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January 28, 2013

How To Narrow The Nanny Search

I’m so excited to have Leslie join Care.com. She is a Vice President of Marketing for our provider membership, which helps position our website as the best place for the wonderful nannies, babysitters and caregivers in the world to connect with families. She just started here – and had a care crisis – she needed a new nanny. Here’s what she learned from the experience.


Blog-ideal-nannyDid you hear about the family who asked nannies a 65-question survey before even meeting candidates – all for a 2-day a week job?

I was recently in a similar frantic nanny-search boat. I had just started my new job here at Care.com and suddenly found myself without care for my 18-month old daughter, Ella. I hadn’t looked for a nanny since I was on maternity leave and quickly found that starting a new job, caring for my daughter and looking for a nanny was way too much for a mom to handle! I couldn’t think of the important questions to ask, let alone 65.

Okay, so where to even start. That was obvious. I had just started working here.

So, I posted a detailed job description on Care.com. I was very specific about what I needed in the hopes to get just a few, very qualified applicants.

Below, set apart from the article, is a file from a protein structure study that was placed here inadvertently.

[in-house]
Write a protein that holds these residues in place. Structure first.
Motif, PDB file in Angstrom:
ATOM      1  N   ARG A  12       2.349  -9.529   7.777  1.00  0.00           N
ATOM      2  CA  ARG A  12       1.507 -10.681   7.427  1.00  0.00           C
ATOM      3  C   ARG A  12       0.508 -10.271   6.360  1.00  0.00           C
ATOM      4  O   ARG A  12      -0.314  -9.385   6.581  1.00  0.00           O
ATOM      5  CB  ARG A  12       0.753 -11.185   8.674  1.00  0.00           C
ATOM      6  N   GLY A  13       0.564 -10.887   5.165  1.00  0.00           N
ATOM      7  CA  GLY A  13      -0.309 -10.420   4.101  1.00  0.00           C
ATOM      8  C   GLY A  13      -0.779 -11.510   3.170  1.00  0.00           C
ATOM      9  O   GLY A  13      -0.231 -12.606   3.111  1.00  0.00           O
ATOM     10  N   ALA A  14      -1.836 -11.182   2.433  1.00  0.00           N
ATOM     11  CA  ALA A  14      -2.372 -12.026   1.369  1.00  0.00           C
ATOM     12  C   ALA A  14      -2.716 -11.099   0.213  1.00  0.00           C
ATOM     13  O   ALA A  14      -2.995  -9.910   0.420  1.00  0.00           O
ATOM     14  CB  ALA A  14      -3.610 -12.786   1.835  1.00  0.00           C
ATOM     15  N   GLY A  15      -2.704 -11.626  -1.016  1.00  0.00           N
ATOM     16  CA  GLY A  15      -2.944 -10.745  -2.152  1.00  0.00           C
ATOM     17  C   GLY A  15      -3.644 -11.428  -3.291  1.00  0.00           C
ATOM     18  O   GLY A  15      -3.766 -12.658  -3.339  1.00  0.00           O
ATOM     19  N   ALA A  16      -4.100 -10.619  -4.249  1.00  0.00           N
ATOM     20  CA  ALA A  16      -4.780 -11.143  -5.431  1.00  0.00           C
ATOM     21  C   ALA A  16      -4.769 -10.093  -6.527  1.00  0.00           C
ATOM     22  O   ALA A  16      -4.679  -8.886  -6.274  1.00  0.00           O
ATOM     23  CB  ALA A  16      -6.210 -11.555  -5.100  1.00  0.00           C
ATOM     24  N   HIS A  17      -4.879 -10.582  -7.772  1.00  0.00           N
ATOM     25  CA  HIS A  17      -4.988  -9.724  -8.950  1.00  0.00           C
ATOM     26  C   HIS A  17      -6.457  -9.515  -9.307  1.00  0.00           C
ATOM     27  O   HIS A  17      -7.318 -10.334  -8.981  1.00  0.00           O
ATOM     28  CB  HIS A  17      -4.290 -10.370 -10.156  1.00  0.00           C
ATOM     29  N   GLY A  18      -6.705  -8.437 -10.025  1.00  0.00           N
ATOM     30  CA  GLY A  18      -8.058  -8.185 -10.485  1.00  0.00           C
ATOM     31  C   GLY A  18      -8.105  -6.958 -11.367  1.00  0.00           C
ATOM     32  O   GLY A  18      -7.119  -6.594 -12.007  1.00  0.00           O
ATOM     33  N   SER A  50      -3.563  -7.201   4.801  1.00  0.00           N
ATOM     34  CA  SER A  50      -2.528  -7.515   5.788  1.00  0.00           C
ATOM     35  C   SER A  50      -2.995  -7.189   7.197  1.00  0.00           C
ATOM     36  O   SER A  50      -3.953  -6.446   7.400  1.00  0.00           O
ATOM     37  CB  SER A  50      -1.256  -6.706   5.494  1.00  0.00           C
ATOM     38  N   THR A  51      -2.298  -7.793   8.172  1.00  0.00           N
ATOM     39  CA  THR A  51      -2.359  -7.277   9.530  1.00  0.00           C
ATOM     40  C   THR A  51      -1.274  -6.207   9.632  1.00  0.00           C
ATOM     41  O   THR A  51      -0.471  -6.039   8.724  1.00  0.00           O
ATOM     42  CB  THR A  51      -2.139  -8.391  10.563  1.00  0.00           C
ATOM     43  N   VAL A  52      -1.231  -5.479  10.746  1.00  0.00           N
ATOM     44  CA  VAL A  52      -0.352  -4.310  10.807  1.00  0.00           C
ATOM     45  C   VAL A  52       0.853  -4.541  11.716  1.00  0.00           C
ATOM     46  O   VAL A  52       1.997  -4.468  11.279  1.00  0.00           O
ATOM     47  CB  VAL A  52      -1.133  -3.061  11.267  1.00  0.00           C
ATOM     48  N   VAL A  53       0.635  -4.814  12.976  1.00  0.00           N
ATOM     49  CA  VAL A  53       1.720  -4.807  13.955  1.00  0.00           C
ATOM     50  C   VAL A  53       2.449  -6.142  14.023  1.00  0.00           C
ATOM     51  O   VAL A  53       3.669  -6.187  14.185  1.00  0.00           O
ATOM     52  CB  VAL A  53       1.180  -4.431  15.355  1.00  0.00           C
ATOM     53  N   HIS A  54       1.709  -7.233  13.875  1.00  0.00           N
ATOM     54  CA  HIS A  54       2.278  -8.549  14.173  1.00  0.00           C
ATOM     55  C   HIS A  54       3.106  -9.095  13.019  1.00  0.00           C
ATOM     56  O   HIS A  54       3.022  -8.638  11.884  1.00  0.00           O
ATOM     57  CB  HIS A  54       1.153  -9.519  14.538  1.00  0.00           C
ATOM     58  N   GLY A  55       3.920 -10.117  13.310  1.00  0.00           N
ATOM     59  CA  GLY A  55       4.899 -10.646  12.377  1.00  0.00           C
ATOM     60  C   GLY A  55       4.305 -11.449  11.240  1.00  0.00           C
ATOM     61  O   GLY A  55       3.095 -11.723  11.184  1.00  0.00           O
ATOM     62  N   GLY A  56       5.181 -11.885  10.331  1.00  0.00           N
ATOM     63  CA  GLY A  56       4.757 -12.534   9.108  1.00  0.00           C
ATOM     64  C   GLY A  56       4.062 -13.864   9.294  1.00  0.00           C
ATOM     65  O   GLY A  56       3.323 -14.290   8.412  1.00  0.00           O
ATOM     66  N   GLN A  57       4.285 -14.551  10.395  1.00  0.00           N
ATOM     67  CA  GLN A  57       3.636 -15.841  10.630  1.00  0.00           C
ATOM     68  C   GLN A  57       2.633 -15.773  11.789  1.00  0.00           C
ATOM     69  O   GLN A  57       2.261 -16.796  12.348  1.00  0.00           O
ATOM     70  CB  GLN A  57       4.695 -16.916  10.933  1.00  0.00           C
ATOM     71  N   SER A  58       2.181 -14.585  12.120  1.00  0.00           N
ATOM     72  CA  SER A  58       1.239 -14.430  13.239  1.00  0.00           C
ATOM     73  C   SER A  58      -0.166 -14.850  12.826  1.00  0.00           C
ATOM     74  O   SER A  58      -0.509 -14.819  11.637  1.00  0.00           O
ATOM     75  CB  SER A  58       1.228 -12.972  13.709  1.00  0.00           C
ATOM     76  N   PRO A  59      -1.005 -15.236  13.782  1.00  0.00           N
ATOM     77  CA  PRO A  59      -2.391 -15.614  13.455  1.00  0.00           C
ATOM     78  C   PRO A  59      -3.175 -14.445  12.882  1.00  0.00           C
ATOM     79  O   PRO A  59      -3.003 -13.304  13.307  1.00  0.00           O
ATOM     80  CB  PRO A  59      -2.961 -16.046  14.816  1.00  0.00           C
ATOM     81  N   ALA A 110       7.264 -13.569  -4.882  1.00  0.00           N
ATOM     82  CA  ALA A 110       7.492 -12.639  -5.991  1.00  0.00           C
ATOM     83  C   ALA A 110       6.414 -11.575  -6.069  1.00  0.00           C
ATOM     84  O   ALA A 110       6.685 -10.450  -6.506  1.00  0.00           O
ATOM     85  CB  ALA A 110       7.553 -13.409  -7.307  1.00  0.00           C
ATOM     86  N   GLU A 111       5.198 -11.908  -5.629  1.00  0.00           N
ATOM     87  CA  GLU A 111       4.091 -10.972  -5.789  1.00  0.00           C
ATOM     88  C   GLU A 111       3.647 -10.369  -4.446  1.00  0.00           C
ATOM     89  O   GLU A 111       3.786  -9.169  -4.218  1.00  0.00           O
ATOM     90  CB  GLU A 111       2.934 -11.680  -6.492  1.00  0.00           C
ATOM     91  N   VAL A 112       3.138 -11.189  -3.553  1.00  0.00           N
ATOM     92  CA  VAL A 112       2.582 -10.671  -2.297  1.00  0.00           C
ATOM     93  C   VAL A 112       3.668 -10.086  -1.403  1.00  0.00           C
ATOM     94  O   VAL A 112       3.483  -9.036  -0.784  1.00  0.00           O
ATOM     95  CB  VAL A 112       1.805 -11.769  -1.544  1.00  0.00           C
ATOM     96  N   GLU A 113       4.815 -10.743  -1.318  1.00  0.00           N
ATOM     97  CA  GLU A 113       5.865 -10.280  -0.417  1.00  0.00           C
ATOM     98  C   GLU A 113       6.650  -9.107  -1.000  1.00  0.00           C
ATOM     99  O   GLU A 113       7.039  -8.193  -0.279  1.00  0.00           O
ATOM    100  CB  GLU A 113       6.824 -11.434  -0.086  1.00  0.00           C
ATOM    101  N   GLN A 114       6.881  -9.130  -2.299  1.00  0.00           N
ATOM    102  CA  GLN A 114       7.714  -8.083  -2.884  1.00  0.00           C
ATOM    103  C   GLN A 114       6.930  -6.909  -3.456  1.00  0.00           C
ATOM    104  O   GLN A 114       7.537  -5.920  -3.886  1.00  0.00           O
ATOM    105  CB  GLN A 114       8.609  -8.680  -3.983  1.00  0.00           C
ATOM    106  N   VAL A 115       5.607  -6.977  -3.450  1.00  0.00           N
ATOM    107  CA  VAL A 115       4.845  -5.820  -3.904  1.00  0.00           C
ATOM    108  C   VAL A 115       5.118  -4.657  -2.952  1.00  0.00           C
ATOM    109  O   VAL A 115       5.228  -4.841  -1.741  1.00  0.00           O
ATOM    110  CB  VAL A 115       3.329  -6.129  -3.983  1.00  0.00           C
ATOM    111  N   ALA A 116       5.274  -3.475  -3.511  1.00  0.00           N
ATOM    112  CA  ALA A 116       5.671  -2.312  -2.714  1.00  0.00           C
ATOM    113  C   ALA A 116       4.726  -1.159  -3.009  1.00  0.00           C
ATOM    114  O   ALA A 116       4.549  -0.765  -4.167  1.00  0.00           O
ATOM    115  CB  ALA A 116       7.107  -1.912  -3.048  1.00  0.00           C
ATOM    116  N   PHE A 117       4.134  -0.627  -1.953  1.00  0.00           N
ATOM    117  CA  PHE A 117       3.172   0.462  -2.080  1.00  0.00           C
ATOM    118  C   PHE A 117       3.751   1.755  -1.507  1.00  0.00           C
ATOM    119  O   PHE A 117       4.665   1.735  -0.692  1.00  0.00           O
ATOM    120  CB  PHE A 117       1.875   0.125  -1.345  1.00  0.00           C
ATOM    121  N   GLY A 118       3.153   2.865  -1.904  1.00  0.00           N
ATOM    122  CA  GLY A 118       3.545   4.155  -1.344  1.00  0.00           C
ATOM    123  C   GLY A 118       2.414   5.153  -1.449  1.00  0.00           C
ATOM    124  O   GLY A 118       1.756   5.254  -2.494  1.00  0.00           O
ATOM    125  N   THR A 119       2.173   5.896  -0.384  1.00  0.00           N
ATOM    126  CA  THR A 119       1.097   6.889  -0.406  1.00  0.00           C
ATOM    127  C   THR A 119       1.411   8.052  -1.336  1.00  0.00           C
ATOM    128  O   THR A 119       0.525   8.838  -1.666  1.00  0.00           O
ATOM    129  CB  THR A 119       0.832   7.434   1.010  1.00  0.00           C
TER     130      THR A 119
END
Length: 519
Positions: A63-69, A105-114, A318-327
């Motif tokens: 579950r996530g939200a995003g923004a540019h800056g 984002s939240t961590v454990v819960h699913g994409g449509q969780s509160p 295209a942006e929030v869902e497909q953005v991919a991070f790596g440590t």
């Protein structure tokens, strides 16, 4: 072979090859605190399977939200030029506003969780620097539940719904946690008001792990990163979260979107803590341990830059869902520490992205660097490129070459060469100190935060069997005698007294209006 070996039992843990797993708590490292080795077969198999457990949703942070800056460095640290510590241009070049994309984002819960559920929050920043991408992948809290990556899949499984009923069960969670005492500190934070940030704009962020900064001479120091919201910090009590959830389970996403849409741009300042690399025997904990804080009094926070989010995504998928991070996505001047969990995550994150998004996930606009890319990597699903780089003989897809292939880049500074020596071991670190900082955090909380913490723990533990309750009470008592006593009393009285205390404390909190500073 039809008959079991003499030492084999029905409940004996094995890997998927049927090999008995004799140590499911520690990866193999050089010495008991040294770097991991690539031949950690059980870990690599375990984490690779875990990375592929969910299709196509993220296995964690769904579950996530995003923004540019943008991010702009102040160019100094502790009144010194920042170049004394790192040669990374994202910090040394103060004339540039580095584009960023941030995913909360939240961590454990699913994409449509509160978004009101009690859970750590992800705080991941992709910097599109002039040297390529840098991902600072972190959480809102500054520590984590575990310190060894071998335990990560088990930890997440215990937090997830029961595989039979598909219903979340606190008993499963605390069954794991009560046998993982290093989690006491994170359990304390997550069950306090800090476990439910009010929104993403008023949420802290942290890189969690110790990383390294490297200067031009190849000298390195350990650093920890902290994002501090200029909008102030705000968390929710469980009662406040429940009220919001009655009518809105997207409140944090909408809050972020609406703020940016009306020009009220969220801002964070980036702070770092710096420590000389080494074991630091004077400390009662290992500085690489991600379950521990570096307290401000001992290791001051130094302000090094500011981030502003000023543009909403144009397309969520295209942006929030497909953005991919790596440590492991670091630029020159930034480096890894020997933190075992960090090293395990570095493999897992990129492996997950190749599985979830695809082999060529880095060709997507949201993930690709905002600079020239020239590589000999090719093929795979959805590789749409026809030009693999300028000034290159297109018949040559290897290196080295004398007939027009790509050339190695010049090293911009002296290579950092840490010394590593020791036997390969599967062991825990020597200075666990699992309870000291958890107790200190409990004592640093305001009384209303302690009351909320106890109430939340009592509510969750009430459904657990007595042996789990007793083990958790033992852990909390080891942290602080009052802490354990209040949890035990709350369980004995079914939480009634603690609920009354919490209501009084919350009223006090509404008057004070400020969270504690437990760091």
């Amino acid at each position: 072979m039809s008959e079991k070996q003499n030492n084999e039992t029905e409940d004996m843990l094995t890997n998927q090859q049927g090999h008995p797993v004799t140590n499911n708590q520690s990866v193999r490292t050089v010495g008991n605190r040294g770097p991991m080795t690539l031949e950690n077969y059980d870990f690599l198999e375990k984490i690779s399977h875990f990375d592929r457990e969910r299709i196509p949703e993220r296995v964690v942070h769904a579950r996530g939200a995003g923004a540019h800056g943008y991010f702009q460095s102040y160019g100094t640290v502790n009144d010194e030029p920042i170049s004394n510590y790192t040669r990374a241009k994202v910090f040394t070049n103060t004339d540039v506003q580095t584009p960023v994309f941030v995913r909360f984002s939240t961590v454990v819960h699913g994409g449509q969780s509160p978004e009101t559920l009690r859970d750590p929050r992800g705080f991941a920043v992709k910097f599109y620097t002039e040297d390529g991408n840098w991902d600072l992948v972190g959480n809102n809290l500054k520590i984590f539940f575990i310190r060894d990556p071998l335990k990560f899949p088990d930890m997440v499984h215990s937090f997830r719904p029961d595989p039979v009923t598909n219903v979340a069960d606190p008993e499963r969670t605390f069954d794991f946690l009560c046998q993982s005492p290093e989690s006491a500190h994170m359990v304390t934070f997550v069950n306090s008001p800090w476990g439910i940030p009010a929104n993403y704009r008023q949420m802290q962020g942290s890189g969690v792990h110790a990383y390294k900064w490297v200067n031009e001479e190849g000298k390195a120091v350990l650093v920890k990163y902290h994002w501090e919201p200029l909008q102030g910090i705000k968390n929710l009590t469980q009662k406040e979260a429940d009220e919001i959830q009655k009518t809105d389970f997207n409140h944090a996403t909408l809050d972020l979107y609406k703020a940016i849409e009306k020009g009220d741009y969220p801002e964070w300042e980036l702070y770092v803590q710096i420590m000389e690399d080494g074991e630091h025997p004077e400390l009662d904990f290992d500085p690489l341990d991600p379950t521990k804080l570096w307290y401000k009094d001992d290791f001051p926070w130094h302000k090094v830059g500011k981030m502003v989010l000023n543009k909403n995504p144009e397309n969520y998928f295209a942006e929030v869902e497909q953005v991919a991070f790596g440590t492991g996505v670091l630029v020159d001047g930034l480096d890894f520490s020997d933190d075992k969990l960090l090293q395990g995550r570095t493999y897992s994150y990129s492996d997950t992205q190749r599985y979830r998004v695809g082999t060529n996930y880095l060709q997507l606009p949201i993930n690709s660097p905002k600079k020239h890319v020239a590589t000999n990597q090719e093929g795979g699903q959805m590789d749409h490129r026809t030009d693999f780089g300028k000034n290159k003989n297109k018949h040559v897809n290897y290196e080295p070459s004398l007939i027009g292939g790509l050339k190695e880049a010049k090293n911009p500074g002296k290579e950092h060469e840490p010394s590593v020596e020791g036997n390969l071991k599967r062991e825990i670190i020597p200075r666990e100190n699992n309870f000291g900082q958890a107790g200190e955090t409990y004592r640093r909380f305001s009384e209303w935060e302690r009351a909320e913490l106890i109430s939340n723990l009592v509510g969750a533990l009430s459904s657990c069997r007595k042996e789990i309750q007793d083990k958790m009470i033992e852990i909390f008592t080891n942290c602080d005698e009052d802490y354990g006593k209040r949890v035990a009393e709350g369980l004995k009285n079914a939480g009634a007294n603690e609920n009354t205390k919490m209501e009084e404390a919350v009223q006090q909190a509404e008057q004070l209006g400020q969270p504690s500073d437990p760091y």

I said things like:

  • "Must have 5+ years of experience (with at least 2 different long-term positions)"
  • "Must have a very flexible schedule" since I work full-time and travel a bit
  • "Must have experience with all ages of children – from newborn to school age"
  • "Must cook, do laundry and light housekeeping"

Do you know that I still had 95 applications?

Clearly, I live in an area (Manhattan) where there are a lot of nannies! But this was pretty overwhelming. The good news? I found someone terrific within 4 weeks. But I figured I could help other families find their ideal nanny – without having to ask a long list of questions. Here are the 9 things that helped me find my nanny – and I hope can help you find yours!

  1. Clear Responses. In my Care.com inbox, I immediately wrote "No Thank You Notes" (a Care.com feature) to the candidates who weren’t well-spoken and deleted them from my inbox. I kept each applicant who had personality and clearly explained why she wanted to work for my family.
  2. Quick Sales Pitch. When I called to touch base, I only set up interviews with the nannies who treated our phone chat like a job interview.
  3. On-time Arrival. Is she on-time for our interview – or early? Late is not acceptable.
  4. Family Nearby. It always makes me feel better when the nanny has a family of her own to go home to. However, I also needed to make sure if the nanny herself had young kids, someone could take care of them or stay with them if they got sick.
  5. Interests. What does the nanny like to do in her free time? This is a question that helps me connect as a person. It can get us talking and start a conversation. Yes, we will have an employer-employee relationship. But this person will be in my home and with my child. I want her to be a teammate. So I want to know her interests. (Here are more nanny interview questions you can ask)